Please always sign your posts on talk pages, by adding 4 tildes (~) at the end. This identifies the user (IP address if unregistered), the date, and the time. Otherwise, all we have is is disembodied and anonymous words that might have been there since 2003 for all anyone knows. Thanks. -- Jack of Oz [Talk] 09:43, 14 March 2013 (UTC)
Actually, we have the history, which shows the above comment was made over three edits:
sroc (talk) 05:48, 7 July 2013 (UTC)

His family is ancient? Everyone's family is ancient...[edit]

His family is ancient? Everyone's family is ancient... — Preceding unsigned comment added by (talk) 05:46, 9 October 2016 (UTC)

Date of Death[edit]

The death of Oates is accuratly noted as 17 March at the top of the page. He died on his Birthday. In the text it is said that he walked out to his death on the 16th March. This is incorrect. I'm not going to cite sources. Either the top of the page is wrong or the text is wrong. He can't have died on 2 different days.

Lawrence Oates From Wikipedia, the free encyclopedia Lawrence Oates Born 17 March 1880 Putney, London, United Kingdom Died 17 March 1912 (aged 32) Ross Ice Shelf, Antarctica Nationality British Other names Titus Oates Occupation Cavalry officer, explorer

Captain Lawrence Edward Grace "Titus" Oates (17 March 1880 – 17 March 1912)[1] was an English army officer, and later an Antarctic explorer, who died during the Terra Nova Expedition.

From memory Huntford recounted the story in his book, from Wilson's diary. Oates woke up on the morning of his birthday and told Wilson he wished that he had not. That he died on his birthday is verifiable without Scott being sure of the date. Also "On March 17th, which was Oates birthday, he walked out to his death in a noble endeavour to save his three companions." [1] If Scott was unsure of the date, then Evans must have used Wilson's diary as the source. (talk) 08:02, 11 April 2017 (UTC)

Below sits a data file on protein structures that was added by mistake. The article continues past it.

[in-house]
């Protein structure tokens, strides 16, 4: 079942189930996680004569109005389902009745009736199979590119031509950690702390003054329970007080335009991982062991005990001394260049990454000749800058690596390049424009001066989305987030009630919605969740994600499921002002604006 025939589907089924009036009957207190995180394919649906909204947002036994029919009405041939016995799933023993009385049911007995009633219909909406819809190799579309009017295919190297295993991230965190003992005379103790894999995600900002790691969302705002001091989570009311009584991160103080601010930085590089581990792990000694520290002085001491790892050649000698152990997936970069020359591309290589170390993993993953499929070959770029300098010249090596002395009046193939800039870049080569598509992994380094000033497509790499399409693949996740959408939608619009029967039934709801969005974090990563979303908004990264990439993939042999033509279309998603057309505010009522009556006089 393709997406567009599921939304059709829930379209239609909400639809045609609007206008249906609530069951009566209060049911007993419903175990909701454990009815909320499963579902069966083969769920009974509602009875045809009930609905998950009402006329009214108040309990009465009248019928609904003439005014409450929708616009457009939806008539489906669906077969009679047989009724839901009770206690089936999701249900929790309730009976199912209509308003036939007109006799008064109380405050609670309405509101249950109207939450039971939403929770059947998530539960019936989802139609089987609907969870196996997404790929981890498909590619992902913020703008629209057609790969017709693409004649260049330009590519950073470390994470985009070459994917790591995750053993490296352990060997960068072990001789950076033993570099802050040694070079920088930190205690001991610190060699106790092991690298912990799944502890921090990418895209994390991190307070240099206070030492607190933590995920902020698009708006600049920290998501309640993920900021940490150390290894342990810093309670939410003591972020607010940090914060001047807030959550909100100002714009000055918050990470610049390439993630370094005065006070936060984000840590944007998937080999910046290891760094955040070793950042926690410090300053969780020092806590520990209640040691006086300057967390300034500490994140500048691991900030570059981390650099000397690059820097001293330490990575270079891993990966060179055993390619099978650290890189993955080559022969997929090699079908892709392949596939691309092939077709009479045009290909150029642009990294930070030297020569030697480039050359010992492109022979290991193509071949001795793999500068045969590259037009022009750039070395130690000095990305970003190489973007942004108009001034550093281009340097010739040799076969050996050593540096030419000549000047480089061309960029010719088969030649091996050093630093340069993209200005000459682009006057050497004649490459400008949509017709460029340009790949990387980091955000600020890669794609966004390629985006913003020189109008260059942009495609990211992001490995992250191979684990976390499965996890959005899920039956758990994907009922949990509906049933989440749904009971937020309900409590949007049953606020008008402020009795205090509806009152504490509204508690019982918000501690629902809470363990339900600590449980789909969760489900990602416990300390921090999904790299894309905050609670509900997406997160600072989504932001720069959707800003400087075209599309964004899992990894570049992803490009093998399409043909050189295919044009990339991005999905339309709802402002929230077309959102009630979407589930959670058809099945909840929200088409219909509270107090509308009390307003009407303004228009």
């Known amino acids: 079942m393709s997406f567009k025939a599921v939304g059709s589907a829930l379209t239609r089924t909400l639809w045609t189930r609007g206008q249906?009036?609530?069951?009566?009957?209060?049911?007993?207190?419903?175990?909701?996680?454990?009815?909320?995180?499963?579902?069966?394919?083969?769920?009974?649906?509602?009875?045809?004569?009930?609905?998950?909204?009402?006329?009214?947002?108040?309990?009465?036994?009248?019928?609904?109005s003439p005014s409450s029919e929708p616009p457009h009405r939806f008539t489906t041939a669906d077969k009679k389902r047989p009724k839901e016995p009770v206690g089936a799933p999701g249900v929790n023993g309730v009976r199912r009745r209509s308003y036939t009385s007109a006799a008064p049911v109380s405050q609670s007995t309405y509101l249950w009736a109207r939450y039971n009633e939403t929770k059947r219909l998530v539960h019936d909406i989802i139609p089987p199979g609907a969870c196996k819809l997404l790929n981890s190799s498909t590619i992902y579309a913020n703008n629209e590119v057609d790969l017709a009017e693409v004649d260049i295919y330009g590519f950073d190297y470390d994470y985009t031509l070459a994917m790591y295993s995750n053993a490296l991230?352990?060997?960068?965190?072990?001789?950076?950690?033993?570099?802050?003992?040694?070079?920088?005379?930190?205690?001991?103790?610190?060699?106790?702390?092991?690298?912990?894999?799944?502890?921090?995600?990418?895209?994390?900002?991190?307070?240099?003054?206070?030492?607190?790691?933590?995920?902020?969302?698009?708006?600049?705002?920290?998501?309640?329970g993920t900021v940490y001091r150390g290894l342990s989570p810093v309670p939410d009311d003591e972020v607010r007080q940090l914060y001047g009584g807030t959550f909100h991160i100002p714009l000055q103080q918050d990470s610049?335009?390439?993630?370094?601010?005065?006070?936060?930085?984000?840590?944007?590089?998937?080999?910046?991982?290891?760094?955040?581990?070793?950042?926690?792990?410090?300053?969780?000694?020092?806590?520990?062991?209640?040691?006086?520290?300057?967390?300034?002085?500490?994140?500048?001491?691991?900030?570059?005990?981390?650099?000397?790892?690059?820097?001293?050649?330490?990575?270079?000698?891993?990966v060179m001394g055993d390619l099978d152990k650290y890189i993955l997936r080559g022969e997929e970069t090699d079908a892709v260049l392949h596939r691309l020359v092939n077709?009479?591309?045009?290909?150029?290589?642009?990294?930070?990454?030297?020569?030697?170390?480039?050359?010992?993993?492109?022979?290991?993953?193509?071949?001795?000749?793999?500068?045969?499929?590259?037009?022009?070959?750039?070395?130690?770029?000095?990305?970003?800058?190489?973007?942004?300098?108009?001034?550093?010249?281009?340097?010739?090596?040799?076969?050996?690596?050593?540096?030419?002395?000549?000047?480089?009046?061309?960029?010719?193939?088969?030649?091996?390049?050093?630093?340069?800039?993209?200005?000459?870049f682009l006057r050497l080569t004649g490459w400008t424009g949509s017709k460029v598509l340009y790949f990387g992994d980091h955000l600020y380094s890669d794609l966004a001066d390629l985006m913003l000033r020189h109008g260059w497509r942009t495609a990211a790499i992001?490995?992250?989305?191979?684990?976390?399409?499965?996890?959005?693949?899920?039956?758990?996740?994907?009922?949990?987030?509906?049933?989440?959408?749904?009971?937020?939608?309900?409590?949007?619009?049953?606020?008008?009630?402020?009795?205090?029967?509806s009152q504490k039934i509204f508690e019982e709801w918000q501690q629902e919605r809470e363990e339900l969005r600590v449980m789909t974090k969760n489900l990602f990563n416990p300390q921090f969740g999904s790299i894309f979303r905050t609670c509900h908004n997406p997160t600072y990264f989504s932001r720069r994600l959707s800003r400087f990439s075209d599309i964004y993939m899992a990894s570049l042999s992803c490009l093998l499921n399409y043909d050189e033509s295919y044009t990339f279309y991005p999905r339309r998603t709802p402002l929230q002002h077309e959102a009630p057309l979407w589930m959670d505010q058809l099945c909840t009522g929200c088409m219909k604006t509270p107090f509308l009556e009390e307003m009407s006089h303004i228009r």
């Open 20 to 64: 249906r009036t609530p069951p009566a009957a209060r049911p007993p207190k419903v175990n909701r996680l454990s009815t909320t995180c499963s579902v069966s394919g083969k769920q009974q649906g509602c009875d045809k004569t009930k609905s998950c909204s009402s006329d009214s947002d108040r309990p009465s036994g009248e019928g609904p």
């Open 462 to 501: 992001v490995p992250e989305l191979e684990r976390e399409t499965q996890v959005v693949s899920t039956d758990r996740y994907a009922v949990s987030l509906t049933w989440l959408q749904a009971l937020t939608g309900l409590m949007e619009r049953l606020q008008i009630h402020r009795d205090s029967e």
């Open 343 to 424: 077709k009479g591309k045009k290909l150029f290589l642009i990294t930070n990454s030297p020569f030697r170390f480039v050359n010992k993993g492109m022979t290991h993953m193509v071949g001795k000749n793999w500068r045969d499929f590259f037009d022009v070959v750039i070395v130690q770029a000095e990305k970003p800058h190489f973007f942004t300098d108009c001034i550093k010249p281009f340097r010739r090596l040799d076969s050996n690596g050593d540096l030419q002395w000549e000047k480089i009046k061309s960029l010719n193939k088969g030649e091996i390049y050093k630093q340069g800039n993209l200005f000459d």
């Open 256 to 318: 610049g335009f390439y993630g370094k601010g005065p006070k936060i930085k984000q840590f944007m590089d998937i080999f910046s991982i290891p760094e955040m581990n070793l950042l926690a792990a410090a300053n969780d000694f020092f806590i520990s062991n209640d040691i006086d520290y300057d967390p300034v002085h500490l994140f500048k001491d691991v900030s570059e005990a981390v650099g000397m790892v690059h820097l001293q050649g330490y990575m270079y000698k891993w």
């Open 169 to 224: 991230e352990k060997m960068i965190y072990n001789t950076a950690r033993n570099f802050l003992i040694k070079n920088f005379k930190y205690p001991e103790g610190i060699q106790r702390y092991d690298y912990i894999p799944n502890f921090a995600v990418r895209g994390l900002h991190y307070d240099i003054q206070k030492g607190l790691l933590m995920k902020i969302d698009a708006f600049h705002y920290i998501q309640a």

"One Ton Food Depot"[edit]

"Scott, Wilson and Bowers continued onwards for a further 20 miles (32 km) towards the 'One Ton' food depot that could save them."

There is a constant misunderstanding of the nature of the so called "one ton" depot. One ton depot did not contain a significant store of food.

The "One Ton" of stores which gave rise to the name were deposited there the year previously to the polar attempt. In order to save the ponies the extra work of dragging the stores over the bad surface of the Great Ice Barrier, Scott advanced over 2000 pounds of stores across the sea ice until it could be deposited on firmer ground. Scott also used the Motor sledges for the same purpose the next year, carrying fuel and pony fodder. The stores so left at One Ton Depot were then carried forward for use on the polar attempt. For example 12% (250 lbs) of the stores were dog biscuits. There was at least one sledge load of 530lbs of Pony fodder and another with quantity of parrafin.

Scott's first instructions to Lt Evans on reaching One Ton Depot was to "carry forward from one ton depot all man food and fuel in depot vis: 7 units (weekly 4 man ration) bagged provisions 4 boxes biscuit 8 gallons parafin." [2] This was why it was neccessary for One Ton Depot to be replenished from the base before the various Southern parties returned. When Cherry-Garrard arrived at One Ton Depot on March 4th 1912 there was 3 weeks sledging rations there which had been deposited in December according to Scott's instructions. He added an extra 2 weeks supply of food which contained more palatable luxuries for the men who had been on a mundane sledging diet for 5 months.

The idea that Scott died just 11 miles from a vast cache of food is part of the romantic myth that has built up around his death. There was enough food there to get him the 130 miles back to base, if he was able to withstand the worsening weather and the onset of frostbite, but no more than 5 weeks supply. At this point Scott and his 2 companions were making headway at no more than 5 miles a day, when they could actually travel. It is highly unlikely that even with enough food they would have been able to complete the distance before they succumbed to the falling temperatures and blizzards. It should be noted that the year previously at exactly the same time (March 18th) his men were experiencing exactly the same conditions and Scott declared an end to all sledging work in order to avoid the risk of severe frostbite. [3] (talk) 09:48, 11 April 2017 (UTC)

  1. ^ Evans South with Scott Collins 1953 p. p. 240
  2. ^ Evans South with Scott Collins 1953 p. 152
  3. ^ Evans South with Scott Collins 1953 p. 104